M25 tram in Gothenburg
|Car length||14.16 metres (46.5 ft)|
|Width||2.65 metres (8 ft 8 in)|
|Electric system(s)||600 V DC overhead line|
|Track gauge||1,435 mm (4 ft 8 1⁄2 in)|
SM91 is the Norwegian designation for a tram type which operated on the Oslo Tramway until 2002. The trams were imported from Sweden, where they had originally run on the Gothenburg Tramway under the designation M25. The trams were originally delivered to the Gothenburg Tramway between 1958 and 1961. A total of 36 trams were eventually exported to Oslo, Norway, numbered 264 to 299.
125 trams were built by Hägglund for Göteborgs Spårvägar, where they were designated M25 and given the serial numbers 501–625. They were built between 1958 and 1962. Following the decision to change from left to right-side driving on Dagen H on 3 September 1967, the tram company ordered an additional 130 trams in the M28 and M29 series. The M25s were then sent back to Hägglunds to be converted to right-hand driving, with doors on both sides. Two trams were then driven back-to-back, and the direction of the trams could simply be reversed on Dagen H.
In the early 1990s, the Ring 3 bypass highway was being upgraded, and this caused a disruption to the Grünerløkka–Torshov Line at Storo where it crosses this highway. To continue operations on the line, trams had to turn without a turning loop, but the company did not have enough trams which could run this way. However, Gothenburg had a number of surplus M25 trams capable of running back to back trams. The trams were therefore purchased by Oslo at the token price of NOK 1 each, although upgrading the trams for Oslo use cost NOK 200,000. The rear travelling car in a back-to-back set had to be closed during a trip as its doors were facing the wrong side of the road.
Safety concerns regarding the SM91 were raised after a fatal accident during the evening rush hour at Holbergs plass on 16 January 2001. A mother with a stroller caught her foot by the tram doors as she was entering, and was dragged behind the tram when it started to move. The injuries she sustained were fatal.
It was later found that the tram driver had reported trouble with the tram's doors several times in the hours before the accident. Four minutes before the accident, she had requested a new tram, but was denied one because there were no more trams available. Prior to the fatality, there had been several incidents with passengers getting caught in the doors as they were carrying strollers, although in the previous incidents the tram had been able to stop before the situation became more serious.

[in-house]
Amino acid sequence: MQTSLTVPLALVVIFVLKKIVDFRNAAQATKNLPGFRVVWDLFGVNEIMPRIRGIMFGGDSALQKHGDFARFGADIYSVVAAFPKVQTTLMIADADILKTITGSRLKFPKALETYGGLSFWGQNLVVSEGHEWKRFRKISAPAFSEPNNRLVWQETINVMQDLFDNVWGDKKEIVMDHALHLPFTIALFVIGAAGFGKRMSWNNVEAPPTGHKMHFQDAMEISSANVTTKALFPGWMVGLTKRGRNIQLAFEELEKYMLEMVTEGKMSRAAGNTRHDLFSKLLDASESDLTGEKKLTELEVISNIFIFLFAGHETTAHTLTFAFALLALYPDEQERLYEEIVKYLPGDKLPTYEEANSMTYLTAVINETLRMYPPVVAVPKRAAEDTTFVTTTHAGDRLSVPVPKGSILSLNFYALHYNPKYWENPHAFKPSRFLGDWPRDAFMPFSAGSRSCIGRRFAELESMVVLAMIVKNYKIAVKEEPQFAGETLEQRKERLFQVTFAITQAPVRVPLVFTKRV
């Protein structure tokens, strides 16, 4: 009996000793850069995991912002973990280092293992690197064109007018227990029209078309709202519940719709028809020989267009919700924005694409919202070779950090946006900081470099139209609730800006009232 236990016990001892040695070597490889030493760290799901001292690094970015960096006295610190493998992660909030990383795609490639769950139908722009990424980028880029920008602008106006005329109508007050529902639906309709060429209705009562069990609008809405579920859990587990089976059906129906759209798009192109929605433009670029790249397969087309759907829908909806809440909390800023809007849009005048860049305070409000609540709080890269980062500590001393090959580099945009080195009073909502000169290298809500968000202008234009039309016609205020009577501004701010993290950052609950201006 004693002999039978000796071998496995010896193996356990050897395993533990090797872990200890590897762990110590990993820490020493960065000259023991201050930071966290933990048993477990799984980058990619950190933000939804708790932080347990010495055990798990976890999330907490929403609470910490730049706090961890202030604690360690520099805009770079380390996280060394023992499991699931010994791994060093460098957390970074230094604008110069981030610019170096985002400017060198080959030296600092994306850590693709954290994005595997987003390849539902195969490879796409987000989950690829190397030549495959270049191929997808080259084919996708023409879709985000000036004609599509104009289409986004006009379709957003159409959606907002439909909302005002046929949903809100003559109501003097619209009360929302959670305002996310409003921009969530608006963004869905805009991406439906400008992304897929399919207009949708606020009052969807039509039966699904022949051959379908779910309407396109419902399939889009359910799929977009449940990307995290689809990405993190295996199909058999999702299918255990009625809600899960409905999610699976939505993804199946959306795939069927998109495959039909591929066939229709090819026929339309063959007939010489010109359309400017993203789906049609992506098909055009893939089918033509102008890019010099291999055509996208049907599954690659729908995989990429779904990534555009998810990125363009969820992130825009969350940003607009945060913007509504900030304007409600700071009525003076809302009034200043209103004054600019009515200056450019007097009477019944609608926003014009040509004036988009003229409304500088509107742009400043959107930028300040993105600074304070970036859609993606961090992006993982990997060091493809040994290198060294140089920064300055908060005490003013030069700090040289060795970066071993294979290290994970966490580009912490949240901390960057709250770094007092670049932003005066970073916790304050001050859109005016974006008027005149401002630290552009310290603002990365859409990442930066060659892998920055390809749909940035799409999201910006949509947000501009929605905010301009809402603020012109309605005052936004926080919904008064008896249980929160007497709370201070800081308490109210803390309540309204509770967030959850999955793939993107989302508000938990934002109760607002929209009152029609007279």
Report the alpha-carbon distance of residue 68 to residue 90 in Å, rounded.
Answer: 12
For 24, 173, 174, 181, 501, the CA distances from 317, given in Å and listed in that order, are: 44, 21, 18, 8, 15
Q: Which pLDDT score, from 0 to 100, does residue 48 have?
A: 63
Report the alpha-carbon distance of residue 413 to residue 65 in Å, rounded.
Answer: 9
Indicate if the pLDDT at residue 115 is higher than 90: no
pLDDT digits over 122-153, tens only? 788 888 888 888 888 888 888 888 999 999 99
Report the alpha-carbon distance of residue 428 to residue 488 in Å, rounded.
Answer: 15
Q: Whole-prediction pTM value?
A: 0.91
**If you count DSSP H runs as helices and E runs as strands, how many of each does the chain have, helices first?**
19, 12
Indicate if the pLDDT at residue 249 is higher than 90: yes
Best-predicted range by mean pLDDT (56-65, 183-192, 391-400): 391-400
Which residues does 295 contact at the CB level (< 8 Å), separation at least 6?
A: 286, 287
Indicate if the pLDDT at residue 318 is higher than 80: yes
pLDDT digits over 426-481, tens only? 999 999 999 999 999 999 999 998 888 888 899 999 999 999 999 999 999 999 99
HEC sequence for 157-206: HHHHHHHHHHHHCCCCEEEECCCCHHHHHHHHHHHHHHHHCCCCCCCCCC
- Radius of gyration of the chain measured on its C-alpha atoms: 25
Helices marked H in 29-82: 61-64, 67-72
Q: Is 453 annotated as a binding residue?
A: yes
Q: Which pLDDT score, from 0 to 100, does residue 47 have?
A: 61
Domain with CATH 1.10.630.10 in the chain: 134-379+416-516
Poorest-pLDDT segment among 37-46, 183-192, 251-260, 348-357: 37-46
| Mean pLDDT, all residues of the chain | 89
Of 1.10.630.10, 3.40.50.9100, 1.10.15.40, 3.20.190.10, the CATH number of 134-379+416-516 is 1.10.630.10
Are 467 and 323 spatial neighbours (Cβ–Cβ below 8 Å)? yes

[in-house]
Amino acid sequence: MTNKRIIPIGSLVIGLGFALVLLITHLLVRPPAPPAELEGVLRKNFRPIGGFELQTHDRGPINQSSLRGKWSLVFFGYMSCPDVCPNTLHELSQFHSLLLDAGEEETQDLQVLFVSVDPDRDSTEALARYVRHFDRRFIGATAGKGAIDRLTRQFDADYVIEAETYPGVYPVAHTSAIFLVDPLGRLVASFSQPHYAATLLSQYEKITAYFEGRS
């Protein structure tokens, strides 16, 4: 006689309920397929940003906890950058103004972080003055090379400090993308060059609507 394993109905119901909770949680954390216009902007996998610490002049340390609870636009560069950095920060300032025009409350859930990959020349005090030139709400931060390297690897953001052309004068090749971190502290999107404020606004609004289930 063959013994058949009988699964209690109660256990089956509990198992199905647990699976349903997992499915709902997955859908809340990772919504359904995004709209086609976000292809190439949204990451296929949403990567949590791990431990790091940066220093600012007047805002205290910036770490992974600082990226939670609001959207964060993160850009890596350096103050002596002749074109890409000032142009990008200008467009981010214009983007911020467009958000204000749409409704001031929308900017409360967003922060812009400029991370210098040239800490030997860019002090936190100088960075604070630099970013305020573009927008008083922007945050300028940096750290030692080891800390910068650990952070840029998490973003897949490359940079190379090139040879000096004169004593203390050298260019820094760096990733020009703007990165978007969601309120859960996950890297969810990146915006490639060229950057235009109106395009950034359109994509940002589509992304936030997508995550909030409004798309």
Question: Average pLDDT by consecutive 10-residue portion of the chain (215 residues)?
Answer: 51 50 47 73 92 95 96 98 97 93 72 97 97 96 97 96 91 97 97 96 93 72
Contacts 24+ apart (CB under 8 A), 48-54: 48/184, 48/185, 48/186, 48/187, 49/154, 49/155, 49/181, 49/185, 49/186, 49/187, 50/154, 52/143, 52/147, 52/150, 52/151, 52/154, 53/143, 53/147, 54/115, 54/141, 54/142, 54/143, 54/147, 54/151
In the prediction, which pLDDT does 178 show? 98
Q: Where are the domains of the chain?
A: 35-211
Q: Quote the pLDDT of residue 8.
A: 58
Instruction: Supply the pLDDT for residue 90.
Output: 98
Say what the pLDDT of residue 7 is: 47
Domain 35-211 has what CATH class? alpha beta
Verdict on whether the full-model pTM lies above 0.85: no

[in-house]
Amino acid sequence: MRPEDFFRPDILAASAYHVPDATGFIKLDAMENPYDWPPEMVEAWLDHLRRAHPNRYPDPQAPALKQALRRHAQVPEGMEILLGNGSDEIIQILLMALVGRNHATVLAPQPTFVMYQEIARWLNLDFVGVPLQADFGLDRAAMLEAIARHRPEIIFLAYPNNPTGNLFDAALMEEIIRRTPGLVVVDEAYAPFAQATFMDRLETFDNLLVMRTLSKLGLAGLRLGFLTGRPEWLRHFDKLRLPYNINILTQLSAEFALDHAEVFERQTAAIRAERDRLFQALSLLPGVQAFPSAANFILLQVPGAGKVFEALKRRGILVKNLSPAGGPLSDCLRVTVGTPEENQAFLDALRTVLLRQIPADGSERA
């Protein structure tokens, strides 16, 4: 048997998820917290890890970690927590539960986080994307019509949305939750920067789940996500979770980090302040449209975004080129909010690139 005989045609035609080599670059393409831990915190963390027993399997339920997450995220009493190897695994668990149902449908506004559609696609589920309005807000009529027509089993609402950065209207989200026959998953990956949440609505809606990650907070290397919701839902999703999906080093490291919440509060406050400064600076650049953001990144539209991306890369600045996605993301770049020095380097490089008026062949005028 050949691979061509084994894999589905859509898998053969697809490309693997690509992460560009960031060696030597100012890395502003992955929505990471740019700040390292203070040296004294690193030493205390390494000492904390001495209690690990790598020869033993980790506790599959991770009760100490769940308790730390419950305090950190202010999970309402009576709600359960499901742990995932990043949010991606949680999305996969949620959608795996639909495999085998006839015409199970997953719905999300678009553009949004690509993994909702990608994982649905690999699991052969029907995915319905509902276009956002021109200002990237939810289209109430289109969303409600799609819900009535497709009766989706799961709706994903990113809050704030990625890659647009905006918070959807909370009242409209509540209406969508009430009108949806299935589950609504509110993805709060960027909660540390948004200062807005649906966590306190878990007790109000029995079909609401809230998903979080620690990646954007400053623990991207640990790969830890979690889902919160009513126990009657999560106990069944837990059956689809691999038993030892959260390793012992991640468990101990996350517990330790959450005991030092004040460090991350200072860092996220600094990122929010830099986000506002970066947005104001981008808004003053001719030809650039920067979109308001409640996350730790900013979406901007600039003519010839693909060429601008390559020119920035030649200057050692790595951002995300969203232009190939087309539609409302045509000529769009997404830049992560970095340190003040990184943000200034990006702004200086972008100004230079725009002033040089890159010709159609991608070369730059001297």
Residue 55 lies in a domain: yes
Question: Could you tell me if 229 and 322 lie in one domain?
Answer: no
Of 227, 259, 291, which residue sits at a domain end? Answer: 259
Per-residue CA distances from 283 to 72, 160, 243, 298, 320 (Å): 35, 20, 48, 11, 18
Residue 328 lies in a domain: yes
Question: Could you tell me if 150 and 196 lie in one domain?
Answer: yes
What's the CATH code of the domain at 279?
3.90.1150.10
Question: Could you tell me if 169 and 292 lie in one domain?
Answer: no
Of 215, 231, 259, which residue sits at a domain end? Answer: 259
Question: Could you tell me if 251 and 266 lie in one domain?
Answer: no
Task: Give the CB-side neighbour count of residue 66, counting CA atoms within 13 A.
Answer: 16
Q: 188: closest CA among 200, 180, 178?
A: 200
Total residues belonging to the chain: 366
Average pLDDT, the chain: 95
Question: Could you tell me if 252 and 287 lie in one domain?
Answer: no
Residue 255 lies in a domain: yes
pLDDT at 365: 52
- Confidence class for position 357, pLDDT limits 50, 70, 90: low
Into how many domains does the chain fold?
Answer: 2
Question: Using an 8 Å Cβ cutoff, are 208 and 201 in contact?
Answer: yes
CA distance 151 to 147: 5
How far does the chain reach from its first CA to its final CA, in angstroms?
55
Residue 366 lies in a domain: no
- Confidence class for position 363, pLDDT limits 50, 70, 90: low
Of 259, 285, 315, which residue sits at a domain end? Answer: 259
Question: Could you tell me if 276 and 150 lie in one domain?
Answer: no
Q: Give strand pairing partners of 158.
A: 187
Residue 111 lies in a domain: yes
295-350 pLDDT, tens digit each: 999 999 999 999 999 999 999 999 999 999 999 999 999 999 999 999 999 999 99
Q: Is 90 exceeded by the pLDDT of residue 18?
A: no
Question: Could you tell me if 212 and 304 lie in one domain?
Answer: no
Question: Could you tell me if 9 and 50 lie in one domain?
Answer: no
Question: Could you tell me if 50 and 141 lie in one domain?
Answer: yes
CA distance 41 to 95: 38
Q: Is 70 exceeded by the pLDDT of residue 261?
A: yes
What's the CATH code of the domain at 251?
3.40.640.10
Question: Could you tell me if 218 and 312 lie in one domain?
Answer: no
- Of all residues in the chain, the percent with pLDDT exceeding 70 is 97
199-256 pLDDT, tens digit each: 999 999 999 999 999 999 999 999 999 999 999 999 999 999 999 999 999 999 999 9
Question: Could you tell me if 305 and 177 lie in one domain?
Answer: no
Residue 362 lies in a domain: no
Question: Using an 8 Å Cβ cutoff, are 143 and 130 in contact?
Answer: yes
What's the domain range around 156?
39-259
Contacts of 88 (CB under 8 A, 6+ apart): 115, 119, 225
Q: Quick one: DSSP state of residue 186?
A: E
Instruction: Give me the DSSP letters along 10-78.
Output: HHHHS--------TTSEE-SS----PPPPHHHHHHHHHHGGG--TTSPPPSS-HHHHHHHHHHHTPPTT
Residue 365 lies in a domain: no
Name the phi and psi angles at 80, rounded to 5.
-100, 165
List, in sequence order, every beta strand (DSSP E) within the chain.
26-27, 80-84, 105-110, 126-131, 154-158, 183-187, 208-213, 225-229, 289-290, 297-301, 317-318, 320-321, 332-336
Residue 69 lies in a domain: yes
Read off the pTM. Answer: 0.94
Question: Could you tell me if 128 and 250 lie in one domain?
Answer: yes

In the aftermath of the accident, Oslo Sporveier stopped coupling the trams together in two-car trains and ran them only individually. The safeguards against people getting trapped in the doors were also replaced, and emergency handles were installed. Both the tram company and the female 30-year-old tram driver were charged with negligent homicide. In the Oslo District Court, both the company and the driver were acquitted on the homicide charge, but found guilty on lesser counts. On appeal, the tram company was finally convicted in Borgarting Court of Appeal and ordered to pay a fine of NOK 5 million; this was the first time a company had been found guilty of homicide in Norway. The conviction against tram driver on the lesser counts regarding failure to demonstrate due care in the traffic were upheld, and she received a 30-day suspended jail sentence.
The M25 Class was built by Hägglunds as 125 single-car trams from 1958 to 1962. The standard gauge trams are 15.132 metres (49 ft 7.7 in) long, 2.650 metres (8 ft 8.3 in) wide and weigh 18.200 tonnes (17.9 long tons; 20.1 short tons). They are equipped with two bogies, each with two axles, giving a Bo'Bo' wheel arrangement. The axle distance is 1.800 metres (5 ft 10.9 in), the bogie-centre distance is 7.000 metres (22 ft 11.6 in) and the wheel diameter is 680 millimetres (2 ft 3 in).
Each tram had four motors totalling 200 kilowatts (270 hp) in power output, giving a maximum speed of 60 kilometres per hour (37 mph). The trams seated 38 people and stood 38 more.
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